6 Happy Birthday, Baby
                                                                                7 Down At The Uptown
                                                                                8 Katy (You Don’t Have To Be Good Yet)
                                                                                9 Whip
                                                                                10 Terms Of Surrender

                                                                                Superchunk

                                                                                Acoustic Foolish

                                                                                  Originally released in 1996, Foolish turns 25 in 2019. 

                                                                                  From Mac McCaughan: Our original idea for an all-acoustic album was for it to be a selection of songs from all our albums, played in the style of an acoustic performance in a record store or a radio station, which we have done quite a bit of over the years (and documented on the first of our “Clambake” series in 2001). But with 2019 being the 25th anniversary of the Foolish album, it seemed weirder and more interesting to record an acoustic version of one whole album. I didn’t want this to sound like “acoustic demos recorded 25 years after the fact” or a band trying to “rock out” except on acoustic guitars, though to be fair we do some rocking out. Once we got into the process of learning how to play the songs on acoustic guitars—some of which we had never performed at all—it made sense to make this record its own thing altogether. When Foolish came out, people kind of freaked out that all the guitar sounds weren’t as distorted as they had been, and it was treated as a radical departure from what we had been doing. Which is funny listening to the original album now because it pretty much sounds like our other records. But I started thinking about the acoustic version of the album as “what Foolish would have sounded like if it were as different as people acted like it was.” So—we have guests, we have strings, we have piano, we have a saxophone! The songs themselves, extracted from the drama of the moment and what people wanted to write about then, are more applicable to Real Life than I thought they would be. Without the embarrassing angst of the 25-year-old, they are just songs about transitions, holding grudges or trying not to, letting go of things that aren’t healthy, moving through difficult situations and relationships and trying to be “normal” in the course of all that, even though there’s no such thing. We are lucky to have Allison Crutchfield, Matt Douglas, Peter Holsapple, Owen Pallett, and Jenn Wasner lend their great talents to the record and also lucky that Jon has an arsenal of small bells and a vibraslap.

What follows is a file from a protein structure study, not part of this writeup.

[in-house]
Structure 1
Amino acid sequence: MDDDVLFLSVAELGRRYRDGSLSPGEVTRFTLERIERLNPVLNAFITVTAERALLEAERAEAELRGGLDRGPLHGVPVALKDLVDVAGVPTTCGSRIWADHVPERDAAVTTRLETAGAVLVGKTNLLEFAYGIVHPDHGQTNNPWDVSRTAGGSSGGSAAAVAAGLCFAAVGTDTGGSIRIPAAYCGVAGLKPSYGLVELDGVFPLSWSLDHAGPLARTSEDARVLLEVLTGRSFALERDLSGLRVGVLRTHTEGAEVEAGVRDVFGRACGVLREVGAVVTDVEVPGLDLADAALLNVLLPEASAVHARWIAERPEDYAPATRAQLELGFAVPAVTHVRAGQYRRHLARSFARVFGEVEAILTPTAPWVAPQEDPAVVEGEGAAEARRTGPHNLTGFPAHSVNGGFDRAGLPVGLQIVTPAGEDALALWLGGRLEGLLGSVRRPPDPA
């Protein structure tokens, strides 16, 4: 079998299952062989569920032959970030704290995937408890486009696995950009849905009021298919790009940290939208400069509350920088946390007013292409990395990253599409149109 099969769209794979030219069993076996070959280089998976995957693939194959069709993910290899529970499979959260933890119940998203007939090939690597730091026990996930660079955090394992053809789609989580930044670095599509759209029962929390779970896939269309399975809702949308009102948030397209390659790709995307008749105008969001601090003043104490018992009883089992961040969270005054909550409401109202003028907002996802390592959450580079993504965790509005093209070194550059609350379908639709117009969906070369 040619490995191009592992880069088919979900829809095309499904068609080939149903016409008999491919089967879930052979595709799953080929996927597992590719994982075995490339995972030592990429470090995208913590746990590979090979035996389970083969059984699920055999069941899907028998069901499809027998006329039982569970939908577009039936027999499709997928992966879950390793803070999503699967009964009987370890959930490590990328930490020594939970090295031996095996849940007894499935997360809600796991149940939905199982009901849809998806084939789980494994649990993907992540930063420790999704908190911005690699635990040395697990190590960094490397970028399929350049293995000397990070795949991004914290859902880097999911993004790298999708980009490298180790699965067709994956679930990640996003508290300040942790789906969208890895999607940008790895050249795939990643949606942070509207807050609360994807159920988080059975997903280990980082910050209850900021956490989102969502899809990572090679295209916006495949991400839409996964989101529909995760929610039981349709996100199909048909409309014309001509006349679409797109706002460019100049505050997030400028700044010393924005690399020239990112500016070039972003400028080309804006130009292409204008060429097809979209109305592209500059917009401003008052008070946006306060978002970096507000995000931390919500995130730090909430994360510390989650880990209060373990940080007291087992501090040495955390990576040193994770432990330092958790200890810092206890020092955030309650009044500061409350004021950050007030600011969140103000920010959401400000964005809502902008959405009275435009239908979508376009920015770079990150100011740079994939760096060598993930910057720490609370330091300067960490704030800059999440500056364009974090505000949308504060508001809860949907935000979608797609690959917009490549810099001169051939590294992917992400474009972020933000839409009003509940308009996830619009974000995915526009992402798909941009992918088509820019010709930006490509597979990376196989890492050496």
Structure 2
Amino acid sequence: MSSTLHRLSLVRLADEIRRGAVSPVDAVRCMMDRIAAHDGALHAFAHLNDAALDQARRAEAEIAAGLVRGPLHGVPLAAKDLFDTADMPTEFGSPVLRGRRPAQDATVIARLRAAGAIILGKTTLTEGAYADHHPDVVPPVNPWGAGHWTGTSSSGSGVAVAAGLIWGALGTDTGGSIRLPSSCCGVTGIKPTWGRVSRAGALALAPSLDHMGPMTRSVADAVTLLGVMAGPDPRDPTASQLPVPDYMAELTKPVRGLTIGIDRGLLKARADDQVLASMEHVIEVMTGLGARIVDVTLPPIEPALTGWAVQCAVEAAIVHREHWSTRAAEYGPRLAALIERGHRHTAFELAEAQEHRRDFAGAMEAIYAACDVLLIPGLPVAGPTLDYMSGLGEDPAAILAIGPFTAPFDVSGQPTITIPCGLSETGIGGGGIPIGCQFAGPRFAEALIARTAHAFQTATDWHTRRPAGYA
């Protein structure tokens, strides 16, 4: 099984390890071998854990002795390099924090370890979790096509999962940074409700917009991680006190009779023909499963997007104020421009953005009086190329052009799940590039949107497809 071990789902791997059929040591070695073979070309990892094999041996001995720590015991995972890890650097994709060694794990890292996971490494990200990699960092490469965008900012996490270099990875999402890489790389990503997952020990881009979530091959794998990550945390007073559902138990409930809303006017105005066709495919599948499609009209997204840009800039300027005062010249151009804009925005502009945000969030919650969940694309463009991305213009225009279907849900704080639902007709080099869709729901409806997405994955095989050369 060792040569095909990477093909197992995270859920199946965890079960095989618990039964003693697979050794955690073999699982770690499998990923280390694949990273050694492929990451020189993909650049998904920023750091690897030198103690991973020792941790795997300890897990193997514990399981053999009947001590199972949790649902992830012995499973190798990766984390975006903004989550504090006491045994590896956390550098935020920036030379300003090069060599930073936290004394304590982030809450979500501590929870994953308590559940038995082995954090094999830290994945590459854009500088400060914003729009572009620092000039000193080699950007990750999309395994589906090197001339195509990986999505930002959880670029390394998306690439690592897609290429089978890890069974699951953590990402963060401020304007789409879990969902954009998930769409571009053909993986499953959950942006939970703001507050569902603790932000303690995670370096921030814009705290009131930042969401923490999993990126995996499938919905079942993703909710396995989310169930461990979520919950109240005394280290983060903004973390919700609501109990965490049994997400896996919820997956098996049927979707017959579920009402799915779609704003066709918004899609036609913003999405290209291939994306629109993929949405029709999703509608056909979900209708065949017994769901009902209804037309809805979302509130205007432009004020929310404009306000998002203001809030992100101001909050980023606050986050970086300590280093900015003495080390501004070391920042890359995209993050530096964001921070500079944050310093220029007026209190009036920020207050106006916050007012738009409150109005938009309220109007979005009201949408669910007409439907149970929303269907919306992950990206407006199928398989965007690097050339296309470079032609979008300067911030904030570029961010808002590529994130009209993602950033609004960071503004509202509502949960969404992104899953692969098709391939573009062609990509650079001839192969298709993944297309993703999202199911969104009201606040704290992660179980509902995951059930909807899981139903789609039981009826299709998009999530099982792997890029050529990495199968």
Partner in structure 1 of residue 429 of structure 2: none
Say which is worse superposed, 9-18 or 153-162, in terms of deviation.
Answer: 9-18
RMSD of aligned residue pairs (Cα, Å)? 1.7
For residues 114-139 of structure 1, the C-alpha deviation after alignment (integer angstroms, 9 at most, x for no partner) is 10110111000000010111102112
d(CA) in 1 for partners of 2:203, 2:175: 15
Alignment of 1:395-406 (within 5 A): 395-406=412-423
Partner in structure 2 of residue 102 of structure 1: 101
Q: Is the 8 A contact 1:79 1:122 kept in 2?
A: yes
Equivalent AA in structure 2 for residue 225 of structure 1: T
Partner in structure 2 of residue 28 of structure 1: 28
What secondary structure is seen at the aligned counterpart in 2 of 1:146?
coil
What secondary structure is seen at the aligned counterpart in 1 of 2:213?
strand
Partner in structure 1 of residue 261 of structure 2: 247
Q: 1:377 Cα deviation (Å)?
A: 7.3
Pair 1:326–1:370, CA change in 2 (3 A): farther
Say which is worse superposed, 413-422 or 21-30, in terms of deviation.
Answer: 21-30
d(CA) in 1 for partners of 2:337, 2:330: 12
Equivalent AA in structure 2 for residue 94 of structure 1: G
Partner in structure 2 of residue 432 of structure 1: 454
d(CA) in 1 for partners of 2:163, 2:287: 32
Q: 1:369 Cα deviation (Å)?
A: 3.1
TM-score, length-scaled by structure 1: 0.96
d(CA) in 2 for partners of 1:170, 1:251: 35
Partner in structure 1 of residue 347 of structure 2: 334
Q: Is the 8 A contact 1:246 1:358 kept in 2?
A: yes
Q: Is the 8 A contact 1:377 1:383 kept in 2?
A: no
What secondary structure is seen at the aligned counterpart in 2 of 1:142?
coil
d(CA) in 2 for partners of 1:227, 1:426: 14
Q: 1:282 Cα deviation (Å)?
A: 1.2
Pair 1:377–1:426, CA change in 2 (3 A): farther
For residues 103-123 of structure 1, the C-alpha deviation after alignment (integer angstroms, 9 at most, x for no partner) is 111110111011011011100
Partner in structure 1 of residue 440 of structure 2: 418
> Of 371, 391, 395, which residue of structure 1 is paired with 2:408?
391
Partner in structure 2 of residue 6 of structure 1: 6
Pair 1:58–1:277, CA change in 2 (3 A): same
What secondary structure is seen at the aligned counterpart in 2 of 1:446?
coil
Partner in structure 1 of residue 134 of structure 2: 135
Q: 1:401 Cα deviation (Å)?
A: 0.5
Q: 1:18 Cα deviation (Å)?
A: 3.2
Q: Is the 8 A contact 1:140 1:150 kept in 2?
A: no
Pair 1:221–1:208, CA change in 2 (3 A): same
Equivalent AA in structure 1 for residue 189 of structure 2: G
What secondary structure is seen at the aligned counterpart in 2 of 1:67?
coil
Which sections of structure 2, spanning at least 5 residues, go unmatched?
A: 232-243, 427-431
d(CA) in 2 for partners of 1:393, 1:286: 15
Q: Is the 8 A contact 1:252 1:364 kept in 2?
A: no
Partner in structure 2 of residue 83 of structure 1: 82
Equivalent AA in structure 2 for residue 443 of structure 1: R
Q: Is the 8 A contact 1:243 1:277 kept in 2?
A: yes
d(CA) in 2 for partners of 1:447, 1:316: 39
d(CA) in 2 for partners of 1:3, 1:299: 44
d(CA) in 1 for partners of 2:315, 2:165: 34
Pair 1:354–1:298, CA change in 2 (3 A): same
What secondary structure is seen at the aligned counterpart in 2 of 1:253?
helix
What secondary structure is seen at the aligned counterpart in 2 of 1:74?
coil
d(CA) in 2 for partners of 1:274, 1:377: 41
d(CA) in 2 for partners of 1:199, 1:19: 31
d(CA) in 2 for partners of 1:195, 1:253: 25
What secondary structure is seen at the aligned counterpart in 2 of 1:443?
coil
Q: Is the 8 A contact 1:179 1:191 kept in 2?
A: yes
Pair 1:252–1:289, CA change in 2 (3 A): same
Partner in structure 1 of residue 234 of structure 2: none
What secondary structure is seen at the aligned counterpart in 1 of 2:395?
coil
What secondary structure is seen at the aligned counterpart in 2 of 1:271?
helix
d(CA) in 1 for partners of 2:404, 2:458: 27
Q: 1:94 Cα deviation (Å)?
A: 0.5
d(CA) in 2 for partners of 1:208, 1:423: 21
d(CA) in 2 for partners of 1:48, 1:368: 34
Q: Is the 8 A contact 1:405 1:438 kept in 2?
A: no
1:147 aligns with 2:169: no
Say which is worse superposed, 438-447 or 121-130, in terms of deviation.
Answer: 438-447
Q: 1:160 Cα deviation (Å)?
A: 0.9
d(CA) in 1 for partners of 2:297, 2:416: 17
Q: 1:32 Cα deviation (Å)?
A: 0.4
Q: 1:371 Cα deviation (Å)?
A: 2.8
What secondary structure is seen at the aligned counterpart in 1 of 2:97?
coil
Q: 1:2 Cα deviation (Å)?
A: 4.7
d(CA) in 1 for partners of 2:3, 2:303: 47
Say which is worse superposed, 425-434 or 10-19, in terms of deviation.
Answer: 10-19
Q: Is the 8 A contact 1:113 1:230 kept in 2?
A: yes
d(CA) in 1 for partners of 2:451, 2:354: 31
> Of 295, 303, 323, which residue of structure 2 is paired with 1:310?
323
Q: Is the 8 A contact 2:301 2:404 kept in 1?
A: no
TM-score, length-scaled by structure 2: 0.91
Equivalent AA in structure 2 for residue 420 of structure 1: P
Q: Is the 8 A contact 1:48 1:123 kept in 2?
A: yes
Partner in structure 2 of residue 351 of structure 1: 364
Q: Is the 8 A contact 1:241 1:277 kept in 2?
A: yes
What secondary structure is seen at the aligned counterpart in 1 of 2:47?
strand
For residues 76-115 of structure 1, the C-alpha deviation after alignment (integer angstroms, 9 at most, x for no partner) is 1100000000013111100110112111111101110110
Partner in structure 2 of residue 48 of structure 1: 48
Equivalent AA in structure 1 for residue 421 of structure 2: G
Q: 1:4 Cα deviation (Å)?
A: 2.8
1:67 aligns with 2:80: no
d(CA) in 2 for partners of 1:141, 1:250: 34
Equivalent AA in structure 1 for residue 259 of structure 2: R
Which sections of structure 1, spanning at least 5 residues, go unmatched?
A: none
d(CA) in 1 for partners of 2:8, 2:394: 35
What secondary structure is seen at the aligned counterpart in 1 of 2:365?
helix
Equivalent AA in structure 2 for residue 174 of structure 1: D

Acoustic Foolish recorded live by John Plymale at Overdub Lane Strings by Owen Pallett on “Like a Fool” & “In a Stage Whisper”. Guest vocals by Allison Crutchfield (of P.S. Eliot, Swearin’) on “The First Part” Guest vocals by Jenn Wasner (Wye Oak, Flock of Dimes) on “Keeping Track” Piano by Peter Holsapple (of the dB’s) on “Stretched Out” & “Driveway to Driveway” Saxophone by Matt Douglas (of the Mountain Goats) on “Saving My Ticket” and “In a Stage Whisper”.

                                                                                  TRACK LISTING

                                                                                  SIDE A
                                                                                  1 Like A Fool
                                                                                  2 The First Part
                                                                                  3 Water Wings
                                                                                  4 Driveway To Driveway
                                                                                  5 Saving My Ticket
                                                                                  6 Kicked In

                                                                                  SIDE B

                                                                                  7 Why Do You Have To Put A Date On Everything
                                                                                  8 Without Blinking
                                                                                  9 Keeping Track
                                                                                  10 Revelations
                                                                                  11 Stretched Out